Circadian rhythms govern diverse aspects of physiology, including sleep/wake cycles, cognition, gene expression, temperature regulation, and endocrine signaling. Similarly, studies of brain function in both humans and animals have documented time of day–dependent variation at multiple scales of brain organization.
Despite the clear influence of circadian rhythms on physiology, most studies of brain function do not report or consider the impact of time of day on their findings.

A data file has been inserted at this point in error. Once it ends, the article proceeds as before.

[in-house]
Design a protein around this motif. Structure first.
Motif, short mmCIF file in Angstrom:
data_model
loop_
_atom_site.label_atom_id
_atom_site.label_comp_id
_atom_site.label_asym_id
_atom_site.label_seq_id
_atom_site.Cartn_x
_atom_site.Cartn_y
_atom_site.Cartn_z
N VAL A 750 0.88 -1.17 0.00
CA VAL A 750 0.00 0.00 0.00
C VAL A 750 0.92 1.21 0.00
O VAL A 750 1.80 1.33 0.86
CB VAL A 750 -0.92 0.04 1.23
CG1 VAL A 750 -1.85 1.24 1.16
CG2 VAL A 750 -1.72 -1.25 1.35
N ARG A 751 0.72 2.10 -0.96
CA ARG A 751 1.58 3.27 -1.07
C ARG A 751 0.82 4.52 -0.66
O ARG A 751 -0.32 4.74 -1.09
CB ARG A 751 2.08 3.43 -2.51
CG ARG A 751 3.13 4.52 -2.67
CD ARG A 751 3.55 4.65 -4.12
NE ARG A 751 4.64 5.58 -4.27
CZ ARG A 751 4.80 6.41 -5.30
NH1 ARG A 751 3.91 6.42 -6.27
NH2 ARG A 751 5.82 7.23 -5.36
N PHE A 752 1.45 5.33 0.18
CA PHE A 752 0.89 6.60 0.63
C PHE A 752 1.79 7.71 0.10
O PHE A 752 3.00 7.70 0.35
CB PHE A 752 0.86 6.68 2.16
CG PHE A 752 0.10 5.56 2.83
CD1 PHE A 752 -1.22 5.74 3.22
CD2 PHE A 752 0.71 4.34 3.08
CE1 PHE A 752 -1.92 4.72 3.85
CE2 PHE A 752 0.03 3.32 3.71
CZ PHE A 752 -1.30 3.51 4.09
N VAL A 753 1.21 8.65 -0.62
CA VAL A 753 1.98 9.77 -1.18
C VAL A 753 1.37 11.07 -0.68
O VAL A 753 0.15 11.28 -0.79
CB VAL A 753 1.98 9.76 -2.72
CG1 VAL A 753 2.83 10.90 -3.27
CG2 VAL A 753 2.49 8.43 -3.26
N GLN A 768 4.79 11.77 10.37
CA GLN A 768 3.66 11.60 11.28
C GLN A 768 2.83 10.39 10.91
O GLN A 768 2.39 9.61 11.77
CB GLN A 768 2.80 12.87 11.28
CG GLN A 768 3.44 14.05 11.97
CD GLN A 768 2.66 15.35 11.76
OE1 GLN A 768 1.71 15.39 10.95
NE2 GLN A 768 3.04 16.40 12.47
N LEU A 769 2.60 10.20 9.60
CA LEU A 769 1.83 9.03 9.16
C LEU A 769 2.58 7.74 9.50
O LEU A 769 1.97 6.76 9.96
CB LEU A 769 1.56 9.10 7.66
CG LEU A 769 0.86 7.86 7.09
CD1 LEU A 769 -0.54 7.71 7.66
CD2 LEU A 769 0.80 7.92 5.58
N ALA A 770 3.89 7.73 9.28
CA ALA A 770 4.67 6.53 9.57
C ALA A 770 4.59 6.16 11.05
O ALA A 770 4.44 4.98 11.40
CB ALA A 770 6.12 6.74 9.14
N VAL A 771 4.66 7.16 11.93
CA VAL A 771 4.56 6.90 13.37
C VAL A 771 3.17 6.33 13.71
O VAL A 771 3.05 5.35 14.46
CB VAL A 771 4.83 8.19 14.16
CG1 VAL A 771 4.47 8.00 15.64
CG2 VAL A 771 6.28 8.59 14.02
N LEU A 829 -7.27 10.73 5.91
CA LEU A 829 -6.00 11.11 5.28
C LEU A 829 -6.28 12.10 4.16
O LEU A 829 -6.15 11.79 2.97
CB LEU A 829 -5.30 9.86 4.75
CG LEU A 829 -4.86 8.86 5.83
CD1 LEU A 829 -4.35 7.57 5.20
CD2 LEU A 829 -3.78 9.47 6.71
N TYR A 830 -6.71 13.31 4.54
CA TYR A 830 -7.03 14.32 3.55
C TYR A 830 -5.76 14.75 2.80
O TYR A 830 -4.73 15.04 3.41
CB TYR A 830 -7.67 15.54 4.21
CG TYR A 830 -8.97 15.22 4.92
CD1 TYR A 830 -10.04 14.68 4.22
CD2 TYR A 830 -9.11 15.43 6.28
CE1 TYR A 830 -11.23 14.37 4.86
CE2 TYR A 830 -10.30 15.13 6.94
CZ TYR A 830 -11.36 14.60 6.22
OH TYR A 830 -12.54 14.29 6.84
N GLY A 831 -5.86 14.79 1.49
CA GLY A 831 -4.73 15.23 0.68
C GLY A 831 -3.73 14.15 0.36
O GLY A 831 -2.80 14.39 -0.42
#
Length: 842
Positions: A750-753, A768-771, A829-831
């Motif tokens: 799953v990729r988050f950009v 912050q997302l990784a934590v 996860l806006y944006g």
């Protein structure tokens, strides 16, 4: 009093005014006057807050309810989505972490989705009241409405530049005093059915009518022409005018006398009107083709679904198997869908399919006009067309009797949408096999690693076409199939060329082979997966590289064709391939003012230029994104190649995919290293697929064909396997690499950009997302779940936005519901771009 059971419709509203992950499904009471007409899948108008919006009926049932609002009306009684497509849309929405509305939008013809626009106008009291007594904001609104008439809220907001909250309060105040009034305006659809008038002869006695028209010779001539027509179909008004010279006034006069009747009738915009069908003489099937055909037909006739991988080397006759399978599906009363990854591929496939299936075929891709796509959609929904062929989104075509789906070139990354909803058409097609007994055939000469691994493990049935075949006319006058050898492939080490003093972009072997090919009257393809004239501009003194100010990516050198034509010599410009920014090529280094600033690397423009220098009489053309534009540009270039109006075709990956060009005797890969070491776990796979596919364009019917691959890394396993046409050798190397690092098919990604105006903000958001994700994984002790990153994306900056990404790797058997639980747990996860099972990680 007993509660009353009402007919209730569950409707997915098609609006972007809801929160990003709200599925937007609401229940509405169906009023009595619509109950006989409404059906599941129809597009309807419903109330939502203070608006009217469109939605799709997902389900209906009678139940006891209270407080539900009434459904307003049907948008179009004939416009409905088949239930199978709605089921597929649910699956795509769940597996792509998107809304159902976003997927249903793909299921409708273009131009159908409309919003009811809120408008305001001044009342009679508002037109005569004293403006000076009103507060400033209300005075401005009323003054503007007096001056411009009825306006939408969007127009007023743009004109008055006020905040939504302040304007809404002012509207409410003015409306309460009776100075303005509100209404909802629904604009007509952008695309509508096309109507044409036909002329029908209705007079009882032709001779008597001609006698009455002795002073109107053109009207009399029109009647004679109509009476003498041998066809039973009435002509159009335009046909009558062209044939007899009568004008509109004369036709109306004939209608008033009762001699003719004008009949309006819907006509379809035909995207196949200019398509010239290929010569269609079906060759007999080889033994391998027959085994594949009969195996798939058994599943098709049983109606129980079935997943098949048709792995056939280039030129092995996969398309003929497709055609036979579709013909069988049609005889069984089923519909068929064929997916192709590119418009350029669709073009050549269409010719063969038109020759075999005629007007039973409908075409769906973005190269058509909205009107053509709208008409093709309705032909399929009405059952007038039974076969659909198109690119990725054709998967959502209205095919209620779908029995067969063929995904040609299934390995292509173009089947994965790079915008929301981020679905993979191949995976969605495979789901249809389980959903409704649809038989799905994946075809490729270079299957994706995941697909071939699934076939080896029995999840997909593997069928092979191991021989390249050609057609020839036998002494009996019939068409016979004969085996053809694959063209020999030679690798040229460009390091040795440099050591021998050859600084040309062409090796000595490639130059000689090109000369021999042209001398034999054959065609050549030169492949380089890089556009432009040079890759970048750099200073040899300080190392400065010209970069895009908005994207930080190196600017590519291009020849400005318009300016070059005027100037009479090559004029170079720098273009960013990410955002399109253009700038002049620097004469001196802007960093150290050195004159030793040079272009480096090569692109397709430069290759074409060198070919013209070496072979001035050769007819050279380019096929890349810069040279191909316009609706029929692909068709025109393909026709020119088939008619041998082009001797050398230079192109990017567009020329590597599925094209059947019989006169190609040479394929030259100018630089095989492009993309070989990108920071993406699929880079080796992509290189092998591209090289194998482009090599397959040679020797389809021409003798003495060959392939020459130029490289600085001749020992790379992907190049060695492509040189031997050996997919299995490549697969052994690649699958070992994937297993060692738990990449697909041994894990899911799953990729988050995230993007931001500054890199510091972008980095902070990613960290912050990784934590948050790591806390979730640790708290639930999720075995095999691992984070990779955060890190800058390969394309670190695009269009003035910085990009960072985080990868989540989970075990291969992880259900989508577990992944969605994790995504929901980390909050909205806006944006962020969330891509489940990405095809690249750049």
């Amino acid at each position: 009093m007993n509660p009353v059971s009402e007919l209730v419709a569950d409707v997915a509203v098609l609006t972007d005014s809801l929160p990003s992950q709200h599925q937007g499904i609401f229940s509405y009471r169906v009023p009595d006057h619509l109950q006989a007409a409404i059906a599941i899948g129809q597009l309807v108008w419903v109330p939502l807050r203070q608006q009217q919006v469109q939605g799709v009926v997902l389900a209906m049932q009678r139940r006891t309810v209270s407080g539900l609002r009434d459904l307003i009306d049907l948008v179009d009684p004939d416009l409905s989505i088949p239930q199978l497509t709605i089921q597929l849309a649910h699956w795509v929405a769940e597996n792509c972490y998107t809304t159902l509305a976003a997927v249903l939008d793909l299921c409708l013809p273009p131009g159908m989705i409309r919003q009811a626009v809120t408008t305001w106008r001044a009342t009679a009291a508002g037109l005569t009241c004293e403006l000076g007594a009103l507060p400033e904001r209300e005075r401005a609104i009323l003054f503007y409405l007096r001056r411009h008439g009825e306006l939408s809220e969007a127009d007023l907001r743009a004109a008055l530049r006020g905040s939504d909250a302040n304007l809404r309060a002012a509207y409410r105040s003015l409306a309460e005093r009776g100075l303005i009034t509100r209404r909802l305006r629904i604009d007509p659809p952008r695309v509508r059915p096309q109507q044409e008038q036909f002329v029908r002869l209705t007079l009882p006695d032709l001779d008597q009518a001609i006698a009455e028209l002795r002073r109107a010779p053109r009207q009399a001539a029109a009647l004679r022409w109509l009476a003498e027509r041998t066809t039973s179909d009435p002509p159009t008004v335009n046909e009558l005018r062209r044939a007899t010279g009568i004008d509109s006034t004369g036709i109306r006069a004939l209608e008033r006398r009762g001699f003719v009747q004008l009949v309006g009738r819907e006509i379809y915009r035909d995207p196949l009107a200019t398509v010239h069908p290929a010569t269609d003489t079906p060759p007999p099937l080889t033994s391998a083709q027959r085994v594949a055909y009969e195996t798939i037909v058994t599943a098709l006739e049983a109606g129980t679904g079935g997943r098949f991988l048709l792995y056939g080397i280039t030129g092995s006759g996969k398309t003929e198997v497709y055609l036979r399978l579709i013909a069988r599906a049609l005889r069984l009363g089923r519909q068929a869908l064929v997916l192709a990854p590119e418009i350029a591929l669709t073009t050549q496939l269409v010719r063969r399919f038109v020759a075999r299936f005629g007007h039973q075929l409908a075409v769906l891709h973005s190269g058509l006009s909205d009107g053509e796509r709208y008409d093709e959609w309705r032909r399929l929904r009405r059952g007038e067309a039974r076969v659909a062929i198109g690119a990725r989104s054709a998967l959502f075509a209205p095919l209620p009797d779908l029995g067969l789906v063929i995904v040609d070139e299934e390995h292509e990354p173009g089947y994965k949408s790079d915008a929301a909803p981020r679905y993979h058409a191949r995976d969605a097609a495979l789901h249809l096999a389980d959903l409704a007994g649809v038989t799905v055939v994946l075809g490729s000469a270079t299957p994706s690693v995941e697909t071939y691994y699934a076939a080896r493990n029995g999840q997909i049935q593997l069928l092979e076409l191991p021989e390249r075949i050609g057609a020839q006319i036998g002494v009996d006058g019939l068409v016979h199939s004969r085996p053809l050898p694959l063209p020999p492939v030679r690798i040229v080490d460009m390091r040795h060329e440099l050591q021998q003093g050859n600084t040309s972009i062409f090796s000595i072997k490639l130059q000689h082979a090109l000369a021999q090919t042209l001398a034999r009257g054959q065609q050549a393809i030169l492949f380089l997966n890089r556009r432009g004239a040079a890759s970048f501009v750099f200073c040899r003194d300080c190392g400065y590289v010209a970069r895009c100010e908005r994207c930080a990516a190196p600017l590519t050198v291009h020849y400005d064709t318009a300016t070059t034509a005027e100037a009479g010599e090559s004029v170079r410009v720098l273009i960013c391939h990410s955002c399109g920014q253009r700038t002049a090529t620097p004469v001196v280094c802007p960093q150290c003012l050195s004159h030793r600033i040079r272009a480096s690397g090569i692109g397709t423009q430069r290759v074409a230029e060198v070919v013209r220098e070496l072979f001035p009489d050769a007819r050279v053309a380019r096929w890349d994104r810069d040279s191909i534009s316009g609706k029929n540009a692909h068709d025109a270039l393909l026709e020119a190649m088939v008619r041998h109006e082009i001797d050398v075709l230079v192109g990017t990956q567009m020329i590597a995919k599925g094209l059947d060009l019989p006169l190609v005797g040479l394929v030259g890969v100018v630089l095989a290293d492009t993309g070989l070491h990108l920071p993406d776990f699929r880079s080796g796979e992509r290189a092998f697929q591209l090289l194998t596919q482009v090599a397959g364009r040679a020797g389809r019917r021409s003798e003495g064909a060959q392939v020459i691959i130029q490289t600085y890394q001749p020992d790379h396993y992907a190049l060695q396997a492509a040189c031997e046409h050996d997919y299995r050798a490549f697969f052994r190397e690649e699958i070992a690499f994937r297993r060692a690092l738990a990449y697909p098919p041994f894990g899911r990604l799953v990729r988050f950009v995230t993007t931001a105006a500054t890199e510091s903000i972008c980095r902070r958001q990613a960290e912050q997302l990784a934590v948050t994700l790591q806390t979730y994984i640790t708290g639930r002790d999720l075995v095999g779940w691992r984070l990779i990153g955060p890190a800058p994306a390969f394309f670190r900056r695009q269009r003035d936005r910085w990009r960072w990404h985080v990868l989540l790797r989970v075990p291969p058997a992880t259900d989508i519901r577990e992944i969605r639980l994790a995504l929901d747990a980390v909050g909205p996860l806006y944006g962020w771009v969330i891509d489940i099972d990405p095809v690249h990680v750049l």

A new study suggests that the strength of the brain’s global signal fluctuation shows an unexpected decrease as the day progresses.
Scientists analyzed functional magnetic resonance imaging (fMRI) data of approximately 900 subjects who were scanned between 8 am and 10 pm on two different days as part of the Human Connectome Project.